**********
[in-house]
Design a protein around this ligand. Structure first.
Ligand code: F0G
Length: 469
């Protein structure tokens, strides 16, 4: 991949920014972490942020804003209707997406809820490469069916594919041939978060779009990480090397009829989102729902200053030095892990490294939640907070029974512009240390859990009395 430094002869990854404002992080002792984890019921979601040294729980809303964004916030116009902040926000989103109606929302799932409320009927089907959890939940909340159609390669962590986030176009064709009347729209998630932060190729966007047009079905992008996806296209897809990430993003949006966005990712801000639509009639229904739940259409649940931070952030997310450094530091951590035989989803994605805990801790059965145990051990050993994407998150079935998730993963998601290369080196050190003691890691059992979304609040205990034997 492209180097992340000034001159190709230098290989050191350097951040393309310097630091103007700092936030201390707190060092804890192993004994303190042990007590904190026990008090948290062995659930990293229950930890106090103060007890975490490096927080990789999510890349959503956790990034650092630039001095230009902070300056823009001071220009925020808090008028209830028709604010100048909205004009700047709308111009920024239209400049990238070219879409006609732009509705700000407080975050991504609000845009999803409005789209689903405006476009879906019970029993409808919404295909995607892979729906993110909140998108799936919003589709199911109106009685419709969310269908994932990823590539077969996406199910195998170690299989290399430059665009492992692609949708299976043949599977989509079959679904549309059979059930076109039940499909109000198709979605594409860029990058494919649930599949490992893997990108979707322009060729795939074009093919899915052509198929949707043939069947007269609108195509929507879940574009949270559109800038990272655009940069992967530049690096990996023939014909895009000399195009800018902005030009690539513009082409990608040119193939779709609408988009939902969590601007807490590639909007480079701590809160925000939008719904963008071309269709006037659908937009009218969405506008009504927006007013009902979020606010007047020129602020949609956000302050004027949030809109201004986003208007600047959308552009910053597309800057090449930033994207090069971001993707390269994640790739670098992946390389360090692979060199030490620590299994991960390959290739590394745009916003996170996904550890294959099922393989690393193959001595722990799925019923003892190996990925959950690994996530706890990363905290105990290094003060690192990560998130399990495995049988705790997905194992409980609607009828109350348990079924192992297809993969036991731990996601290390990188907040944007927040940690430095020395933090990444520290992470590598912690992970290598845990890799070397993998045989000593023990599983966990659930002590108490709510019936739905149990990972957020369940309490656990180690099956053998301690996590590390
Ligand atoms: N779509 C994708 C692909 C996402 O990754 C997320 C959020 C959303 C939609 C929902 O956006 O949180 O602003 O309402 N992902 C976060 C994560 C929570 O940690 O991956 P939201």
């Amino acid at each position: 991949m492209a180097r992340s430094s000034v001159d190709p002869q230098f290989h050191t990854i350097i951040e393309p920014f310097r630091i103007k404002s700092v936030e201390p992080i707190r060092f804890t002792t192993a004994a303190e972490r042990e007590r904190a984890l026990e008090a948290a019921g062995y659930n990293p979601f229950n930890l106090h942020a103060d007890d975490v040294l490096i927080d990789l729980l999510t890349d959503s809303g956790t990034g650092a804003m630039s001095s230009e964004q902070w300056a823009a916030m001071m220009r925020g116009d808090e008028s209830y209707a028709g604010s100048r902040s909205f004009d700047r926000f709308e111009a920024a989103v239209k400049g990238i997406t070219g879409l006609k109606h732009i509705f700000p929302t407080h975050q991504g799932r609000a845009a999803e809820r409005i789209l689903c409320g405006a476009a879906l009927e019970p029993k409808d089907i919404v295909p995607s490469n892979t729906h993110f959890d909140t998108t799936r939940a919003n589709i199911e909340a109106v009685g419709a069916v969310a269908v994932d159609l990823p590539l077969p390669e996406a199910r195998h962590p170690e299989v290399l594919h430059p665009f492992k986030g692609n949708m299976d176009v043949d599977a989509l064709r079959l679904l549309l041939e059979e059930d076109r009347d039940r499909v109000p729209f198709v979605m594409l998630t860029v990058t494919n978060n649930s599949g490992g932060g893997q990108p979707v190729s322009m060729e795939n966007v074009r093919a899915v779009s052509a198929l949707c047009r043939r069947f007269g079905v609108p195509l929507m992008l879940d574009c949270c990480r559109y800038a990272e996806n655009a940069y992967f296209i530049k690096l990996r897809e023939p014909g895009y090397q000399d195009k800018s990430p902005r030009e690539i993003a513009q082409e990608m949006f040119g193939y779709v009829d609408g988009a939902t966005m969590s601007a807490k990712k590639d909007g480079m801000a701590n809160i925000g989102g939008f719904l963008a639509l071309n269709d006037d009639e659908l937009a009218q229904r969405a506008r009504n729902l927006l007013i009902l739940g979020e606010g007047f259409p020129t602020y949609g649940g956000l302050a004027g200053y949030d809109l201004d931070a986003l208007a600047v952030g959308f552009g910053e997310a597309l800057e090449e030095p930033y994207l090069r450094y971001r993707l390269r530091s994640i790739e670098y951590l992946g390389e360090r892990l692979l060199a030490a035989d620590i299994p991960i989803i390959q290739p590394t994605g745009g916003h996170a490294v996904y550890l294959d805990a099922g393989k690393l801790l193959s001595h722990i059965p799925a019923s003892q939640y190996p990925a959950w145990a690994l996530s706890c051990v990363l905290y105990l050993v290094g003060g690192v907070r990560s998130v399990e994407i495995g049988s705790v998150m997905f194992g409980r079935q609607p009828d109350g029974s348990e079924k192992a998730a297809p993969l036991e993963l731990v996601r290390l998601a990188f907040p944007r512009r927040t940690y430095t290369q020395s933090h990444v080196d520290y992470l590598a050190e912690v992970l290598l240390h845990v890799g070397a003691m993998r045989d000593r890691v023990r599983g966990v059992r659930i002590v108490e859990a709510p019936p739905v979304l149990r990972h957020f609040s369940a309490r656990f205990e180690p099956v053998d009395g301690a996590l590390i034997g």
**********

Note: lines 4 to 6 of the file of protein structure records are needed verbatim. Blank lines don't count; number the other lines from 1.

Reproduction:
Length: 469
């Protein structure tokens, strides 16, 4: 991949920014972490942020804003209707997406809820490469069916594919041939978060779009990480090397009829989102729902200053030095892990490294939640907070029974512009240390859990009395 430094002869990854404002992080002792984890019921979601040294729980809303964004916030116009902040926000989103109606929302799932409320009927089907959890939940909340159609390669962590986030176009064709009347729209998630932060190729966007047009079905992008996806296209897809990430993003949006966005990712801000639509009639229904739940259409649940931070952030997310450094530091951590035989989803994605805990801790059965145990051990050993994407998150079935998730993963998601290369080196050190003691890691059992979304609040205990034997 492209180097992340000034001159190709230098290989050191350097951040393309310097630091103007700092936030201390707190060092804890192993004994303190042990007590904190026990008090948290062995659930990293229950930890106090103060007890975490490096927080990789999510890349959503956790990034650092630039001095230009902070300056823009001071220009925020808090008028209830028709604010100048909205004009700047709308111009920024239209400049990238070219879409006609732009509705700000407080975050991504609000845009999803409005789209689903405006476009879906019970029993409808919404295909995607892979729906993110909140998108799936919003589709199911109106009685419709969310269908994932990823590539077969996406199910195998170690299989290399430059665009492992692609949708299976043949599977989509079959679904549309059979059930076109039940499909109000198709979605594409860029990058494919649930599949490992893997990108979707322009060729795939074009093919899915052509198929949707043939069947007269609108195509929507879940574009949270559109800038990272655009940069992967530049690096990996023939014909895009000399195009800018902005030009690539513009082409990608040119193939779709609408988009939902969590601007807490590639909007480079701590809160925000939008719904963008071309269709006037659908937009009218969405506008009504927006007013009902979020606010007047020129602020949609956000302050004027949030809109201004986003208007600047959308552009910053597309800057090449930033994207090069971001993707390269994640790739670098992946390389360090692979060199030490620590299994991960390959290739590394745009916003996170996904550890294959099922393989690393193959001595722990799925019923003892190996990925959950690994996530706890990363905290105990290094003060690192990560998130399990495995049988705790997905194992409980609607009828109350348990079924192992297809993969036991731990996601290390990188907040944007927040940690430095020395933090990444520290992470590598912690992970290598845990890799070397993998045989000593023990599983966990659930002590108490709510019936739905149990990972957020369940309490656990180690099956053998301690996590590390
Ligand atoms: N779509 C994708 C692909 C996402 O990754 C997320 C959020 C959303 C939609 C929902 O956006 O949180 O602003 O309402 N992902 C976060 C994560 C929570 O940690 O991956 P939201």